You were a gift for Tara, you’re “Rainbow Bear,” a child of promise. You could talk in lovely conversations by 18 months, but weren’t an early walker, as you preferred to be carried like a princess.  You came with the softest heart for people around you (the odd little girl from a harsh home would call you to read to her, which you would faithfully do for long periods, keeping her company – and you couldn’t even read yet!), and the most developed sense of humor – always making your sisters laugh.  I remember you falling asleep in the middle of singing the alphabet song and awaking a few hours later to pick up right where you left off.  At our conference with your 2nd grade teacher, she said you were the child who, when some one dropped a pencil across the room, would run to pick it up for them.  She said, “That is who Stephanie is.”

She was right.  You are the one in the family who makes sure everyone gets honored regularly and that they receive the most thoughtful gifts and that no one forgets special things coming up.  You watch over us all with great care.

You gave us a wonderful son when you chose, so well, Tristan, as your husband.  You gave us our first grandchild, Gavin, and our first granddaughter, Guinivere and they thrill our hearts and are mothered so well by you.  Any moment now – you will bring us a new granddaughter (our 4th grandchild).  I hope she comes today – right on your birthday – as a special gift of celebration of who you are, Stephie.  But whatever – Happy Birthday, my sweet one.  Thank-you for all the happy days you have brought (and I will ever cherish the extra 5 weeks we have had together!).

Great love,  mom

NOTE TO SELF:  I am blessed! I don’t deserve it, but I am blessed…

(pictures:  Stephanie at 4 months and about 10 pounds, Stephie and me at her 3rd grade play, Stephanie (8 months pregnant and glowing!) and her family on Easter at Northern Hills, where, by the way, she and Tris helped lead some incredible worship! 

Liquid Joy – Tara J. Powers


Happy Birthday to my first-born.

May 9, 1979 was such a special day, I could not have comprehended it at the time.  There was no way for me to know at exactly 7:16 p.m. when you made your first appearance, how my life was about to change, how God was going to make Himself so real, His love so apparent, my life so blessed by your coming.  I didn’t realize at the time that you were going to be a river of “liquid joy” that would wash over my heart and gift me and cause me to flourish in a way I’d never had the opportunity to before.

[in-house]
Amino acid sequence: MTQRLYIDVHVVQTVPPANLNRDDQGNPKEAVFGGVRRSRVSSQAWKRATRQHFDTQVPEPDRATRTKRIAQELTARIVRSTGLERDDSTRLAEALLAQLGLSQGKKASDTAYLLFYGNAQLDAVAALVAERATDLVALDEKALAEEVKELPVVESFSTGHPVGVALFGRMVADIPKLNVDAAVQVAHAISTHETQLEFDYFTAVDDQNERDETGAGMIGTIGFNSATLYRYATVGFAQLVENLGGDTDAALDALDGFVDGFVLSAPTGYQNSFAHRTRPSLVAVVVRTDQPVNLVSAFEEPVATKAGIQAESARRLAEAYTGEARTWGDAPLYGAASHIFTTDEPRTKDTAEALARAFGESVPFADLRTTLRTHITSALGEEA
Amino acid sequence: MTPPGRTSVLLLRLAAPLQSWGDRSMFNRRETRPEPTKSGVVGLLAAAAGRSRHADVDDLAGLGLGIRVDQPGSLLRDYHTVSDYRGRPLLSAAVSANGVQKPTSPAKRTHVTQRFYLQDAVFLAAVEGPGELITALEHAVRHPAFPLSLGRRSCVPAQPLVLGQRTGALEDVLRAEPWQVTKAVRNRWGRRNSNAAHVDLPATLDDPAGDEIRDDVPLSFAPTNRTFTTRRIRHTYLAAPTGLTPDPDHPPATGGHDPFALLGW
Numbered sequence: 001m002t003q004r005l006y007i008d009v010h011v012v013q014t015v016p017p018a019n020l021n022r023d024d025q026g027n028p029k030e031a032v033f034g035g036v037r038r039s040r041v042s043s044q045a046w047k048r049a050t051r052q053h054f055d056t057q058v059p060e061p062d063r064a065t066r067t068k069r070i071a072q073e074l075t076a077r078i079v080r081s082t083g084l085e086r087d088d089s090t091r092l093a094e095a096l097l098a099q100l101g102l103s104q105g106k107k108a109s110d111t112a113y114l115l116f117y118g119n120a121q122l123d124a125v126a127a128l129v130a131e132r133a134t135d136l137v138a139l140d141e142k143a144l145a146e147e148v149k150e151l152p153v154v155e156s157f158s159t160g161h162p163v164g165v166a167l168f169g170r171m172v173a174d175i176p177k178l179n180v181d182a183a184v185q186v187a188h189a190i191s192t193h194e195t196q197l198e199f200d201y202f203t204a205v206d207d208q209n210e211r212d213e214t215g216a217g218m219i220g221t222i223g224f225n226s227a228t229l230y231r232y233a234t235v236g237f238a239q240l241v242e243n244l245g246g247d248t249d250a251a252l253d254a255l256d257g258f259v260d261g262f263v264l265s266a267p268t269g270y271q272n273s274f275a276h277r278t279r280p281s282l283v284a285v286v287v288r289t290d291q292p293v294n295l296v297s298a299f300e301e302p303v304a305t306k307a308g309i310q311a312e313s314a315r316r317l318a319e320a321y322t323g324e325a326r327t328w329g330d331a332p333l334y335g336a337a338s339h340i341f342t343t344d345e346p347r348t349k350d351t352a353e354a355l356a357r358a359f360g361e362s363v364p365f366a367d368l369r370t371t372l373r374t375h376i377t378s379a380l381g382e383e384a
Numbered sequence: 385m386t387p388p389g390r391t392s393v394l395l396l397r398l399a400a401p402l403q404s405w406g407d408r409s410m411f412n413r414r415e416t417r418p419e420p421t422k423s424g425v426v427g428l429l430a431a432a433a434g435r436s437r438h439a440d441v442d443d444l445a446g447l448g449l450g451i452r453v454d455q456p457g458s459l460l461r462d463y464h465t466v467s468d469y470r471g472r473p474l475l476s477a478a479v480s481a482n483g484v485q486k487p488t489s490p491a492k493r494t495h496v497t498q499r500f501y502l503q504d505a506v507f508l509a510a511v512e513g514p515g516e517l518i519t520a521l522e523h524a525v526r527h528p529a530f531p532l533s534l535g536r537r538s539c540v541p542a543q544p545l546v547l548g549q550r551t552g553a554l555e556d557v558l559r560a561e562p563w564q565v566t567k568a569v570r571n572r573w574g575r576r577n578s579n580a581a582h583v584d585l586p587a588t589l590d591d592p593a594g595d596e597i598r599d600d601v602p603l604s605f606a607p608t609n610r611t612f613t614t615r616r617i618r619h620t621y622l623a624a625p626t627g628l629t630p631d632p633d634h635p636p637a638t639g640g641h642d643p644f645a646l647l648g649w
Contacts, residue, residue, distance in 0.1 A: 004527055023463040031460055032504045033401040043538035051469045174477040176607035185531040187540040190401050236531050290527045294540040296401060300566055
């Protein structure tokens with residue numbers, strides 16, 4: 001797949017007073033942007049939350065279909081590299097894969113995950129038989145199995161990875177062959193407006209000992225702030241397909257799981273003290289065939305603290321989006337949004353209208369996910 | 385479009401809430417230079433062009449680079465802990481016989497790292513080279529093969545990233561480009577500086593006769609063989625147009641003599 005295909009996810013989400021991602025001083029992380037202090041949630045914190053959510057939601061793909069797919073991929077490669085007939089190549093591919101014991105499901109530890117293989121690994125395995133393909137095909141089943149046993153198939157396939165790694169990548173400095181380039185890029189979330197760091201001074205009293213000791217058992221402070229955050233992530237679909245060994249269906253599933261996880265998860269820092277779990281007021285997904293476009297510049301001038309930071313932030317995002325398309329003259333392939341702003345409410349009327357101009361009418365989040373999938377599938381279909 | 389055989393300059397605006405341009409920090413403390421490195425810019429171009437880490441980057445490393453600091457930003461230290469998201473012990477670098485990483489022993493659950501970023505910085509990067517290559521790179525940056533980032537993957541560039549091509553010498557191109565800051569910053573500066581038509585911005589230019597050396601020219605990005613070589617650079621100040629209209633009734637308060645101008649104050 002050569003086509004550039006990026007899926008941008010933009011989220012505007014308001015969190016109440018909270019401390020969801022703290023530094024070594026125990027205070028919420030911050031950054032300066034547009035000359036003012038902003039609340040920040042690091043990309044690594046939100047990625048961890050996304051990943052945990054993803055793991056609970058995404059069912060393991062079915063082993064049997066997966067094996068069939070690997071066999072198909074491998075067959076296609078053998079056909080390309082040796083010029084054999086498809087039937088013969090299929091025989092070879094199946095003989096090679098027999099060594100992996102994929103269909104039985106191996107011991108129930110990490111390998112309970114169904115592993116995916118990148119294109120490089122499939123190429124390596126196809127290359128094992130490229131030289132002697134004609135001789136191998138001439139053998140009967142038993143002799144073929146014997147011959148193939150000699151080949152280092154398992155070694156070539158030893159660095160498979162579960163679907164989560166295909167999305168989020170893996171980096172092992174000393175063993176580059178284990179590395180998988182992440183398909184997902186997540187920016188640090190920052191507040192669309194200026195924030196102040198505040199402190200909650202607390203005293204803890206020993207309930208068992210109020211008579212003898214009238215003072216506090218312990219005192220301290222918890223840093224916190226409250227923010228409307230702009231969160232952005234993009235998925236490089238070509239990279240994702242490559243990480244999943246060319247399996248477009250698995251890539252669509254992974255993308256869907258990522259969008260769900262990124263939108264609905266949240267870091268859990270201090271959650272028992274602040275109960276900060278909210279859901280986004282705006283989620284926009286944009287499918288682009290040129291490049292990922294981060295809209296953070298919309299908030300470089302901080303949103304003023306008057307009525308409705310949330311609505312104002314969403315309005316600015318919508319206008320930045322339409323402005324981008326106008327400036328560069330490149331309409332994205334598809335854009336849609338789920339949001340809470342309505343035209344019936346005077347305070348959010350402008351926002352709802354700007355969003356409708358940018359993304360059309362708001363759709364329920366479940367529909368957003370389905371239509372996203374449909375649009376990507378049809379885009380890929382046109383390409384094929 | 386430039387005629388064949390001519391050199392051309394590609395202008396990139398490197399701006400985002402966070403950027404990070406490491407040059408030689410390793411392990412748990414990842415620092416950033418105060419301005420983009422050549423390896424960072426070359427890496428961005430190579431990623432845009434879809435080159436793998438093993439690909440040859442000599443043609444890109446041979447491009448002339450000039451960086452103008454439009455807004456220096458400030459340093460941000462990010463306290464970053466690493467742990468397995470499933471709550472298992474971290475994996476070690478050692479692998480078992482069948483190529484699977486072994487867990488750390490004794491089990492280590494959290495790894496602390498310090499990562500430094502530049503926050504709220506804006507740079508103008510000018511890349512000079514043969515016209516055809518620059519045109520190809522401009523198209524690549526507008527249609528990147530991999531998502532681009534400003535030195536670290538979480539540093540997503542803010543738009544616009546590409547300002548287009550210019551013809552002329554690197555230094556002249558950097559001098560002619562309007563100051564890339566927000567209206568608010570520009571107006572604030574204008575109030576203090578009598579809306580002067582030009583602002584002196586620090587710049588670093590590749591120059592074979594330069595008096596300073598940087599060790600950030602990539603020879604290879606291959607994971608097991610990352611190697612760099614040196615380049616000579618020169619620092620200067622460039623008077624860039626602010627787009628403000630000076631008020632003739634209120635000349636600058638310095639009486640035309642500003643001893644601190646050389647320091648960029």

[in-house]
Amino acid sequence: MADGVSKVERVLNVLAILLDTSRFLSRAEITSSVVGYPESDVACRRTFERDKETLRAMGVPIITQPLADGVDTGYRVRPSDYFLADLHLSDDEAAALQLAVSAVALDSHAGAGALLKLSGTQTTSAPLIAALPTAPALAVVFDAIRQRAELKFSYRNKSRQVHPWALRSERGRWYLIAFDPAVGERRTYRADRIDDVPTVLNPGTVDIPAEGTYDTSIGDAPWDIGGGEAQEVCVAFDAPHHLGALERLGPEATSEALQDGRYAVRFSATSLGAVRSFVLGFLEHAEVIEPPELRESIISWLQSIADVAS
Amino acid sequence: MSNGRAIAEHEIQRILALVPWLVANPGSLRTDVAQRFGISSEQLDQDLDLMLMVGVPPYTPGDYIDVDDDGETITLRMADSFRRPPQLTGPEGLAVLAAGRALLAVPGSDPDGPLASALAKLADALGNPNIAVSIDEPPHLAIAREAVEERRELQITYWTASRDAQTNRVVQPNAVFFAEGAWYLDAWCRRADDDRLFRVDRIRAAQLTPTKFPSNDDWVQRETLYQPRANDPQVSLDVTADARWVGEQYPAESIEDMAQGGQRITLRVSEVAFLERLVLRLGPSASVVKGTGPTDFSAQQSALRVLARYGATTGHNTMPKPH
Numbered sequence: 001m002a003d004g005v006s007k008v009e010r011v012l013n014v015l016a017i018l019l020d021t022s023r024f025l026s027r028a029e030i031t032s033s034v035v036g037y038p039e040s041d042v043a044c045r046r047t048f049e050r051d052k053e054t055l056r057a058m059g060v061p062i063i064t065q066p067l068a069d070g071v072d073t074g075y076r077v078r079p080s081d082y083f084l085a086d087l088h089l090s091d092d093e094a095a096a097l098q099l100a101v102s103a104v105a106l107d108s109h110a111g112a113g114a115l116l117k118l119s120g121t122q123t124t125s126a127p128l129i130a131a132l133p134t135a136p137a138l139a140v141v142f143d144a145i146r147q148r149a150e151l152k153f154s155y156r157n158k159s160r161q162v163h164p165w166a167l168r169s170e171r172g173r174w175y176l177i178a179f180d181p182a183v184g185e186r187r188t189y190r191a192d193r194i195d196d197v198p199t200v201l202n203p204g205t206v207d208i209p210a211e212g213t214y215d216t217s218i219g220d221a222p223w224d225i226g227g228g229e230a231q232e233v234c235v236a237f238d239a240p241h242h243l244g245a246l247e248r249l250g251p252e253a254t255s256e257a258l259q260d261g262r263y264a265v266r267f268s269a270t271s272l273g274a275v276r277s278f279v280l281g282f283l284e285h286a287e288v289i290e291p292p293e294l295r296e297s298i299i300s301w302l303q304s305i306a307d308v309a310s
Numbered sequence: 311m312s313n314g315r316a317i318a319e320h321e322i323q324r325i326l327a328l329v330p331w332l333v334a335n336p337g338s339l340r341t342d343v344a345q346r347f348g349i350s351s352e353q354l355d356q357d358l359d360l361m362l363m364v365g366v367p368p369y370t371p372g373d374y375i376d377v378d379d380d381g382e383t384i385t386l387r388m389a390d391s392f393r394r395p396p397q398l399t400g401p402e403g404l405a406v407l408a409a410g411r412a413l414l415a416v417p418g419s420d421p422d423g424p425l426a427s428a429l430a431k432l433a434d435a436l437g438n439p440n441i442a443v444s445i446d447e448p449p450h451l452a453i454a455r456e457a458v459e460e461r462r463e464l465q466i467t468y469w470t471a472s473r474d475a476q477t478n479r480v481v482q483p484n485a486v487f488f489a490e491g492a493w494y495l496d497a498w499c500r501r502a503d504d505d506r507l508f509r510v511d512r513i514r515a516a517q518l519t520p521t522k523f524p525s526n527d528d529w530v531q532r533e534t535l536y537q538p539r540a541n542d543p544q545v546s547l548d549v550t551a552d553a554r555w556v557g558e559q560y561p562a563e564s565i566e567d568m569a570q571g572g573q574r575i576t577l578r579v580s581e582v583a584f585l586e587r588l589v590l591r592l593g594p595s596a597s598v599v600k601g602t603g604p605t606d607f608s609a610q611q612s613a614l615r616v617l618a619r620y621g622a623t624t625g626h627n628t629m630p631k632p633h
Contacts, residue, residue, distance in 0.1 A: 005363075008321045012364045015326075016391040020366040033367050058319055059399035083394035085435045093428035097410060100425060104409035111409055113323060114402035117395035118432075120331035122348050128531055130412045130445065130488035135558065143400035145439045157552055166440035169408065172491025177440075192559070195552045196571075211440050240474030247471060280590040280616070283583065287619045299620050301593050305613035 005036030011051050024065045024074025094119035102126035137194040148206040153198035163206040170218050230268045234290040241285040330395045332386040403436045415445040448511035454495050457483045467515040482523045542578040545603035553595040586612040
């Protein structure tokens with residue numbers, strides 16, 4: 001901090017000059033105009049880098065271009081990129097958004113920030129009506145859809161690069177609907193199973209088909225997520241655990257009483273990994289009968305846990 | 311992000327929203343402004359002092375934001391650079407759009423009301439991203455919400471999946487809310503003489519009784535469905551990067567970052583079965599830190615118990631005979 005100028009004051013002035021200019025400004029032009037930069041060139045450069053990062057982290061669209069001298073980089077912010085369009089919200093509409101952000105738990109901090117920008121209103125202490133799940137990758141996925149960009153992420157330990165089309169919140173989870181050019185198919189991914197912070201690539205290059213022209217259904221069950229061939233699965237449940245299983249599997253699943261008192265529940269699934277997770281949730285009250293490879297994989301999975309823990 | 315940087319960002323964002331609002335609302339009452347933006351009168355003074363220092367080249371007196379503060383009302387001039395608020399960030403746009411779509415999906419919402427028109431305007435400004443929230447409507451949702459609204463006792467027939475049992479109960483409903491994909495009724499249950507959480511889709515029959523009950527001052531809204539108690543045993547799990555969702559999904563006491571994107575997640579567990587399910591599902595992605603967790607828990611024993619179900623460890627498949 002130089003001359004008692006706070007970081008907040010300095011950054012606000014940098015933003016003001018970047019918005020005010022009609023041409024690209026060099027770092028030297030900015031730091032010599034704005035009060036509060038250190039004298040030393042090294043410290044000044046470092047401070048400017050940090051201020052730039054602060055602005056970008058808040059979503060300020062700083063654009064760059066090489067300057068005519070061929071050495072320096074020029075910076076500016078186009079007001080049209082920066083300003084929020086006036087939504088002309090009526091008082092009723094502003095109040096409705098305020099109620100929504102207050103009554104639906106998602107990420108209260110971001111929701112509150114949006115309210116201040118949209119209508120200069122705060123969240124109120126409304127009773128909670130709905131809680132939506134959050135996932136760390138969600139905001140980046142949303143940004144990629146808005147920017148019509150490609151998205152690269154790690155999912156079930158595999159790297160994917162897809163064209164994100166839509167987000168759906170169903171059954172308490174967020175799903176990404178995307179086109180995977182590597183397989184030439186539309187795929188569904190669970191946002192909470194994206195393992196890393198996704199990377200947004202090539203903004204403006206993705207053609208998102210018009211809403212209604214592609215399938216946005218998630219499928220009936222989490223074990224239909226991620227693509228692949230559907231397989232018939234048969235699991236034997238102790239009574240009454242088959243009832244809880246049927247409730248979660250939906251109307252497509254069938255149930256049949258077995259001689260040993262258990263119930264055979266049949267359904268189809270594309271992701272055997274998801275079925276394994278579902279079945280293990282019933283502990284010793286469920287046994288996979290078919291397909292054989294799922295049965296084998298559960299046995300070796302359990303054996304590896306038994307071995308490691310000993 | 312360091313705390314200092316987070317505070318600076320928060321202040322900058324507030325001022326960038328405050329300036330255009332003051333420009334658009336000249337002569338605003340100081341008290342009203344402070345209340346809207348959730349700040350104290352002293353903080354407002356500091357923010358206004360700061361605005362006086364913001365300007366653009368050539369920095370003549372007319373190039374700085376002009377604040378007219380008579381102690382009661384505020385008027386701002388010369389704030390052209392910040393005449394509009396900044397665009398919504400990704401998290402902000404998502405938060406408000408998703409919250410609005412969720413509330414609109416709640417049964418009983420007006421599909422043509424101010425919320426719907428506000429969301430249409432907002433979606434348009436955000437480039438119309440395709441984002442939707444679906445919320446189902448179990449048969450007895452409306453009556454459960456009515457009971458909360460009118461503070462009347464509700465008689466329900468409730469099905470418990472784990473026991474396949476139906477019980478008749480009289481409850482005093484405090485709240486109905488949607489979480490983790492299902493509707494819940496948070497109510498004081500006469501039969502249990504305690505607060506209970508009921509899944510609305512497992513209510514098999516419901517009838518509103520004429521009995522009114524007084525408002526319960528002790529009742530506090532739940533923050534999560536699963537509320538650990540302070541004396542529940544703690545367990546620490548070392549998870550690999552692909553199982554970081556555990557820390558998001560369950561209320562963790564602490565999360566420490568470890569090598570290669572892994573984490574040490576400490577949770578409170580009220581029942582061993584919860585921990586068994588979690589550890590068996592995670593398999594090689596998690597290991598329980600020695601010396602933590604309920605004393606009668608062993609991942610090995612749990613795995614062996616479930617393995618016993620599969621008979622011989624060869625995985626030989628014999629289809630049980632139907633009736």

Liquid joy.  That was a name Lisa Bierer gave you when you were about 12 or 13.  It summed you up beautifully.  From the time you arrived, I’d never seen such unabashed happiness and innate joy in a human being.

I was serious and sarcastic.  I was un-trusting and wounded.  You slid down the very rays of the sun into my house and life and arms and coaxed the hope in my heart to grow and believe life could be different.  You refused to leave me in my hidden guilt-driven, shame-based stupor, but even as a toddler, pulled me into the merry-go-round that is life.  You lived your whole life (almost) as a joyfully obedient girl, a big Jesus-lover, full of compassion and mercy for everyone around you.

Us. Est. 1979

You grew and you blessed us all.  First, there was just me and you.  Then dad came along and we were a family.  Because I was so young and naive and really stupid about being a mom, you, naturally as the first born, had to help teach me what it was all about.  For all the siblings who followed, you stood in the gap and represented them, watched over them and defended them.

The giggles and laughter and make-believe and street ball-games and bike races and tether-ball matches that never ended and babysitting businesses and new neighbors as friends and pretend weddings and dress-up and bread sticks from mixes and first boyfriends and ska and singing competitions and basketball and volleyball teams and Five Iron Frenzy and funny fashions and crazy hair and piercings and innocence and sweetness and exuberance and passion – these are all things Stephanie and Tredessa and Rocky and Stormie have to thank you for.  I adore you for them all.

When you were 14, I was going through some heartbreak.  You were praying for me and came to me with a song to listen to and you carefully gave me a word of encouragement, a word of rebuke, too, really, but with utmost caution.  I listened and as I stood doing the dishes, listening to the song and thinking about what you’d just told me, I was strongly aware that God Himself had sent you and I trembled inside from both the discipline of it and the awe that my little Tara was so sensitive to the things of God.

Hope seemed lost for a time.  There were those days when the enemy of your soul set out to rip you away from God’s plan for your life.  It was a time of grave danger to your heart, your mind, your soul, your spirit, and even your physical being.  You’d been away from home for quite awhile, but had returned for a couple of months and when you were leaving again, the enemy tried to tell me I was losing you (to this poor choice/direction you were taking) for good.  That morning before you left the house (and you saw the hot, stinging tears shoot from my eyes as I plead with you not to go), I wrote this in a notebook:

8.4.02  It’s the morning of the day Tara is moving out, disentangling herself of the strong emotional ties we have – trying to make her own way, trying to shine to us, not realizing that I have already seen her light so bright – spots dance before my eyes.
Already the house seems empty.  Already a void grows.
I have to trust God that my sorrows over what could’ve been –